Battle of Benina Airport

The Battle of Benina Airport was a battle of the Second Libyan Civil War which lasted from August 2014 until October 2014 between the Islamic Shura Council of Benghazi Revolutionaries supported by extremist fundamental groups such as Ansar al-Sharia, who attempted to capture the airport, and the Libyan National Army led by General Khalifa Haftar.[citation needed]

Battle of Benina Airport
Part of Second Libyan Civil War
Date1 August – 15 October 2014
(2 months and 2 weeks)
Location
Result

Libyan National Army victory

Belligerents
Libya Libyan National Army Shura Council of Benghazi Revolutionaries
Commanders and leaders
Libya Gen. Khalifa Haftar
(Commander of Operation Dignity)
Col. Wanis Abu Khamada
(Commander of Libya's Special Forces)
Brig. Gen. Saqr Geroushi
(Commander of the Libyan Air Force)
Mohamed al-Zahawi  [1]
(Ansar al-Sharia Leader)
Wissam Ben Hamid
(Libya Shield 1 Commander)
Strength
5,000+ soldiers 16,000+ fighters
Casualties and losses
82 soldiers killed 700+ fighters killed
20 civilians killed

June–July 2014Edit

Between June 2014 and July 2014, armed militants going by the name of Shura Council of Benghazi Revolutionaries began launching daily indiscriminate attacks on military bases and headquarters inside the city of Benghazi belonging to Libyan armed forces led by Khalifa Haftar, that later became known as the Libyan National Army, this forced the LNA to abandon all its headquarters withdraw from the city. The LNA units managed to regroup their forces on the suburb district of Benina (15km east of Benghazi) and took Benina Airport as its main headquarters for launching further operations and combating the militia groups inside Benghazi.[citation needed]

By the end of July 2014, forces of the Shura Council of Benghazi Revolutionaries fully took over the city of Benghazi from the Libyan National Army and Mohamed al-Zahawi, leader of Ansar al-Sharia and a commander of the Shura Council of Benghazi Revolutionaries declared Benghazi an "Islamic Emirate" and vowed to advance all his forces towards Benina and take Benina Airport from the Libyan National Army.[citation needed]

August–October 2014Edit

On the beginning of August, the Shura Council of Benghazi Revolutionaries moved towards Benina and launched a full-scale offensive on Benina Airport in an attempt to capture it from the Libyan National Army. However, they were immediately pushed back to Sidi Faraj bridge after forces of the Libyan National Army outside the airport fired back with heavy weaponry and heavily bombarded their positions, causing them to pull back. On mid August The Libyan National Army carried out heavy airstrikes on Shura Council of Benghazi Revolutionaries forces positioned under Sidi Faraj bridge, killing hundreds of fighters. On beginning of September a suicide bomber managed to drive into the Libyan National Army under Benina bridge (few hundred meters away from the airport) and detonated, killing 12 soldiers and wounding others. After the suicide bombing the Shura Council of Benghazi Revolutionaries immediately attempted to advance to the airport once more, but failed again after soldiers positioned on Benina bridge and nearby buildings in the area began heavily firing on their positions, killing at least 60 fighters and forcing them to fall back to Sidi Faraj bridge. On the beginning of October the Libyan National Army began attacking Sidi Faraj bridge and the militia forces positioned there, heavy clashes took for a whole day and the Libyan National Army managed to take Sidi Faraj bridge, as a result of the operation, up to 150 militia fighters of the Shura Council of Benghazi Revolutionaries were killed, meanwhile the Libyan National Army lost 17 soldiers. As the forces of the Shura Council of Benghazi Revolutionaries began abandoning their positions near Benina Airport, the Libyan National Army began bombarding their last remaining pockets around the area with airstrikes just as the Shura Council of Benghazi Revolutionaries began to flee towards Benghazi, also killing their commander Mohamed al-Zahawi in the process. Despite many attempts by the Shura Council of Benghazi Revolutionaries to regroup and relaunch the attack on the airport again, all their attempts resulted in failure. By mid October the Shura Council of Benghazi Revolutionaries suffered a significant death toll among their ranks, including Mohamed al-Zahawi. This left their fighters leaderless in the middle of the battle and in a state of vacuum and disorder amongst their commanders and fighters. After learning of Zahawi's death, the Libyan National Army took advantage by launching heavier attacks on the Shura Council of Benghazi Revolutionaries killing hundreds more fighters, forcing the Shura Council of Benghazi Revolutionaries to fully abandon all their positions outside Benina and withdraw to the center of Benghazi. By 15 October the Libyan National Army advanced and managed to push back the Shura Council of Benghazi Revolutionaries to the center of the city of Benghazi, resulting in the beginning of the Battle of Benghazi (2015).[citation needed]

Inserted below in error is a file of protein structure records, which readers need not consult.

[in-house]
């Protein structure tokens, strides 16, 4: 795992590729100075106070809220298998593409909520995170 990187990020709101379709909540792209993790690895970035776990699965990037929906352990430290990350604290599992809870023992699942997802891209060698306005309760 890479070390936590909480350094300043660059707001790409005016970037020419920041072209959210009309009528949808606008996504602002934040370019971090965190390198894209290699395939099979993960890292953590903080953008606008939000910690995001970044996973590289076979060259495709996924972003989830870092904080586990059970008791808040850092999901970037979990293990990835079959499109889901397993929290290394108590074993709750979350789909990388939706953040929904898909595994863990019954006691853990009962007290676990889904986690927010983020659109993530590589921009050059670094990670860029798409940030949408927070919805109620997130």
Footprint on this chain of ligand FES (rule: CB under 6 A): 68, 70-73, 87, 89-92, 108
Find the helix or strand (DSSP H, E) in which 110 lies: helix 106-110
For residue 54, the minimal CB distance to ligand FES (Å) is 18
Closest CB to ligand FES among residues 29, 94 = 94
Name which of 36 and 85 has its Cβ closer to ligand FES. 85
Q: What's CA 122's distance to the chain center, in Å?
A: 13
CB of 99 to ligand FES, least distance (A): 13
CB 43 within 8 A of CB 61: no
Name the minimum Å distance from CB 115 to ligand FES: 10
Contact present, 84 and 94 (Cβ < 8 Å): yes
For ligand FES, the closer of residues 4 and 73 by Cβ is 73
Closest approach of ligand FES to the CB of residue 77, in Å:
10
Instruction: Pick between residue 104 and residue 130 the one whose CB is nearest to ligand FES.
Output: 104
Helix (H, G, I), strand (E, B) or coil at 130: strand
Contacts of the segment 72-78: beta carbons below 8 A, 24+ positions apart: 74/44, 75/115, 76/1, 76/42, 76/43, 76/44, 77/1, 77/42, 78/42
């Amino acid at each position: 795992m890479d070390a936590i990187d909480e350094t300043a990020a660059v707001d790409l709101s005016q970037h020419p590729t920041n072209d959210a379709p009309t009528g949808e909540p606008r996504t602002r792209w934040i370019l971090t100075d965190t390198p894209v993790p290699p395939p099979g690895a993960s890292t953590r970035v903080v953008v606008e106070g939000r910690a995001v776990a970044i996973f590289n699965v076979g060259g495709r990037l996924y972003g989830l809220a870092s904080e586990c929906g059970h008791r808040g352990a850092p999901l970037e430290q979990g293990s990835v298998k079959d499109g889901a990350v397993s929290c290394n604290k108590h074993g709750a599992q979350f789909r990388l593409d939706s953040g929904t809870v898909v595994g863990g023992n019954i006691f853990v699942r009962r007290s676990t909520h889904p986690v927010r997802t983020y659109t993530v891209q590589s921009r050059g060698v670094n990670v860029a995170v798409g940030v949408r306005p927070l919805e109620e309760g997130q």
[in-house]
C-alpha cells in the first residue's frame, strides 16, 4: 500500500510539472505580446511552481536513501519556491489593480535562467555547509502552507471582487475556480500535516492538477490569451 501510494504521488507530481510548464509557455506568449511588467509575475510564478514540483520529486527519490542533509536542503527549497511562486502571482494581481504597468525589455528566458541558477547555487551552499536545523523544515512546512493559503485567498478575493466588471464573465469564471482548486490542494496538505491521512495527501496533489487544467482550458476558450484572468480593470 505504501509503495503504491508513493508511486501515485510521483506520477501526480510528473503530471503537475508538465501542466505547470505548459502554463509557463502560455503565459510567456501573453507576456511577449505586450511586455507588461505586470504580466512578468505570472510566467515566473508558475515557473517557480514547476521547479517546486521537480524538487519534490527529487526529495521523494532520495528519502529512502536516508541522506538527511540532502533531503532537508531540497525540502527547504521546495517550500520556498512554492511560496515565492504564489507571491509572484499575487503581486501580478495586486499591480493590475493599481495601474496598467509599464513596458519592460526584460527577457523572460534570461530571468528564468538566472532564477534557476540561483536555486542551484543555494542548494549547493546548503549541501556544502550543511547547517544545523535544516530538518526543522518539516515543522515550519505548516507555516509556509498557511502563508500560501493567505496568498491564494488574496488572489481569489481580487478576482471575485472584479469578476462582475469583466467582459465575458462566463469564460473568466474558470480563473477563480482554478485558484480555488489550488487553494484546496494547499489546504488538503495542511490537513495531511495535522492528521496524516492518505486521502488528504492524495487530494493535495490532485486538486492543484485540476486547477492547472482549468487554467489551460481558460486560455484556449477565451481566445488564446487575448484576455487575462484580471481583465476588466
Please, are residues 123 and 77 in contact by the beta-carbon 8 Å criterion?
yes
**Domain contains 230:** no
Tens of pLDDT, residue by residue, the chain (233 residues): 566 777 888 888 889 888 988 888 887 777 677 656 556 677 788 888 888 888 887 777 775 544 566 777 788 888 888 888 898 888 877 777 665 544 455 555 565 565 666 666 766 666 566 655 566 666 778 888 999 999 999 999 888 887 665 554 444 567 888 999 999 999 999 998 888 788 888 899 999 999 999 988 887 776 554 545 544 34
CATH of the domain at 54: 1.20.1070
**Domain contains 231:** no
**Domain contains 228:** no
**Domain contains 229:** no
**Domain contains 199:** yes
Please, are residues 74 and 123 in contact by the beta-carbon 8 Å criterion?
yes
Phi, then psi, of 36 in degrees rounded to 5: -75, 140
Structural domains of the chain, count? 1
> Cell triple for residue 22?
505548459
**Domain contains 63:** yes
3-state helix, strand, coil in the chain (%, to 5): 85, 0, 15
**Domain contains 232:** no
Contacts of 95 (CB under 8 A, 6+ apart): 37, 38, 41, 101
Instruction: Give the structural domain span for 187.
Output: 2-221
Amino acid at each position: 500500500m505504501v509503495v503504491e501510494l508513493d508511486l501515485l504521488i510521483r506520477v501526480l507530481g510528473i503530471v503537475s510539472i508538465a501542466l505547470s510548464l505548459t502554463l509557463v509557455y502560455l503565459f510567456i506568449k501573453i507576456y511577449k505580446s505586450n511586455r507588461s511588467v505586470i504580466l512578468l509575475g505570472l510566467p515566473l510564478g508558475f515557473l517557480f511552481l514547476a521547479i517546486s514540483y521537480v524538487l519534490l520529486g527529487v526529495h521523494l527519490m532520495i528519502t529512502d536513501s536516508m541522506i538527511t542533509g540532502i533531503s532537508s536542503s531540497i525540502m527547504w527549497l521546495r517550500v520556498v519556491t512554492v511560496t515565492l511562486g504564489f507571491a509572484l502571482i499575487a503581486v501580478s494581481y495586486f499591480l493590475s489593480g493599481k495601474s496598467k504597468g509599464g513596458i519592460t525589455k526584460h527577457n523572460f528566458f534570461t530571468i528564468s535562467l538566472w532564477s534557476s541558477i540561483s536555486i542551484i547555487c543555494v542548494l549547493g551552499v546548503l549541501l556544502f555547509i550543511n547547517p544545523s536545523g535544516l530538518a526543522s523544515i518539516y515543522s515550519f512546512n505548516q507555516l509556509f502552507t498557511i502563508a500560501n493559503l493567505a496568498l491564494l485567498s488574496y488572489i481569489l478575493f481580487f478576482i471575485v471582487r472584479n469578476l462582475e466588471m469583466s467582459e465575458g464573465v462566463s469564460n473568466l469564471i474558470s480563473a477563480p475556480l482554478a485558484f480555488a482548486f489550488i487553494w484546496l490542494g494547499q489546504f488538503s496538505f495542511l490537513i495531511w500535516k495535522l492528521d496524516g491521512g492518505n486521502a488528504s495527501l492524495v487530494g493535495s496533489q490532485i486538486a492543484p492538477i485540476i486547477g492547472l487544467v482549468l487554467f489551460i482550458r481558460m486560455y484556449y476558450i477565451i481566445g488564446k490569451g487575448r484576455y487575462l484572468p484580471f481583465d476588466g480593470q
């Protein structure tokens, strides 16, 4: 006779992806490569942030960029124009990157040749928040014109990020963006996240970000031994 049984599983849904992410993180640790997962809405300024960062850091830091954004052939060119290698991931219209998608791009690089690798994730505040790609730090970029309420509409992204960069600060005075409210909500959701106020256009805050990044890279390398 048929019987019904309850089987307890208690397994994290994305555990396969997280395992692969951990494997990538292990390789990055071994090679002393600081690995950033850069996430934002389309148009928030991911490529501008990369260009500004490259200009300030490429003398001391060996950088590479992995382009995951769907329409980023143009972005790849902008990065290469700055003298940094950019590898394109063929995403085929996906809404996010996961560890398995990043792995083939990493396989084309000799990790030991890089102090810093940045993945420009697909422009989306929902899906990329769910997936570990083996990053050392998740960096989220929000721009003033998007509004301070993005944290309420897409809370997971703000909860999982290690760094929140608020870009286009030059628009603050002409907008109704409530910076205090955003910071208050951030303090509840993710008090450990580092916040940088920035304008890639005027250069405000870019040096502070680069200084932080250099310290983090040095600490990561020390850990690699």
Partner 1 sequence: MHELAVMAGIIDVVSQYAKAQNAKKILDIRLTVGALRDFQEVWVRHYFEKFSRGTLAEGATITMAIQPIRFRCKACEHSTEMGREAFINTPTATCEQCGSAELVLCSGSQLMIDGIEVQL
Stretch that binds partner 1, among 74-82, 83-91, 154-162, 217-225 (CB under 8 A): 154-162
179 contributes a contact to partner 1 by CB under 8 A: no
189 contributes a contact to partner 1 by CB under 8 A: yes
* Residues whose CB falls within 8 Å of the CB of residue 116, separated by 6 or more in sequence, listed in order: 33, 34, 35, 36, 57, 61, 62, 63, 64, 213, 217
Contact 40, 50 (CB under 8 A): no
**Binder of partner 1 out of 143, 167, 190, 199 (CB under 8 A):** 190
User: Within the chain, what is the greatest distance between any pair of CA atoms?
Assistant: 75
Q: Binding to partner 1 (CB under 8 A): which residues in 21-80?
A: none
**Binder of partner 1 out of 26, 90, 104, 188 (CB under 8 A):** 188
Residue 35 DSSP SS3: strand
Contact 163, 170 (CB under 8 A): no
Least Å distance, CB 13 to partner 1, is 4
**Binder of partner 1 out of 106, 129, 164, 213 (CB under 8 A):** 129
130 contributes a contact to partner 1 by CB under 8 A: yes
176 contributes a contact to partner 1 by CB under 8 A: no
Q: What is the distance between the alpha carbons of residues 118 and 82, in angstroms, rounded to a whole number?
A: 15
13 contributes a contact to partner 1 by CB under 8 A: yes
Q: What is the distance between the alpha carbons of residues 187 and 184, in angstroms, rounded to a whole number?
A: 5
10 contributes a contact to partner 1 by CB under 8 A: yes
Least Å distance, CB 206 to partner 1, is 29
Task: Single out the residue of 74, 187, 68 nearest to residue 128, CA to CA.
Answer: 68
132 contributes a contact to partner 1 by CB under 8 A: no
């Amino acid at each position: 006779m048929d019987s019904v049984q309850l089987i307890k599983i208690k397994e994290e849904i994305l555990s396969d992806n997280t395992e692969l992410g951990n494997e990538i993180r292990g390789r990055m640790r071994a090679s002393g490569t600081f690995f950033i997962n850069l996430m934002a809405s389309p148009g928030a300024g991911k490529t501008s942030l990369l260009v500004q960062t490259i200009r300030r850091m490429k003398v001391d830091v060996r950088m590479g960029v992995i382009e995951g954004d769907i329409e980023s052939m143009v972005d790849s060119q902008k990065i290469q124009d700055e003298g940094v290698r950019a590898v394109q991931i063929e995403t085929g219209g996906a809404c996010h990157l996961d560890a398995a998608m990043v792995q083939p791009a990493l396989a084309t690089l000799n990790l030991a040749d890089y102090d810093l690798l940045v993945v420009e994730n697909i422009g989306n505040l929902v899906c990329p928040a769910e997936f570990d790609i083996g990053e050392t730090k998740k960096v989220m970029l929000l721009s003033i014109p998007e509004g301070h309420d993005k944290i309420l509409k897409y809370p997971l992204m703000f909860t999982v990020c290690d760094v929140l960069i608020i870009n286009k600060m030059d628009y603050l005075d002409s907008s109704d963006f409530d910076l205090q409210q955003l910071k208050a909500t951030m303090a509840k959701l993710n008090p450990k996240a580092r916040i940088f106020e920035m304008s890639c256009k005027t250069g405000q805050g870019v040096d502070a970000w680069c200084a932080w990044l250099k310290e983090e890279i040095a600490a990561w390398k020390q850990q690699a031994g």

ReferencesEdit

  1. ^ "Leader of Libyan Islamists Ansar al-Sharia dies of wounds". Reuters. 23 January 2015. Archived from the original on 24 September 2015. Retrieved 23 January 2015.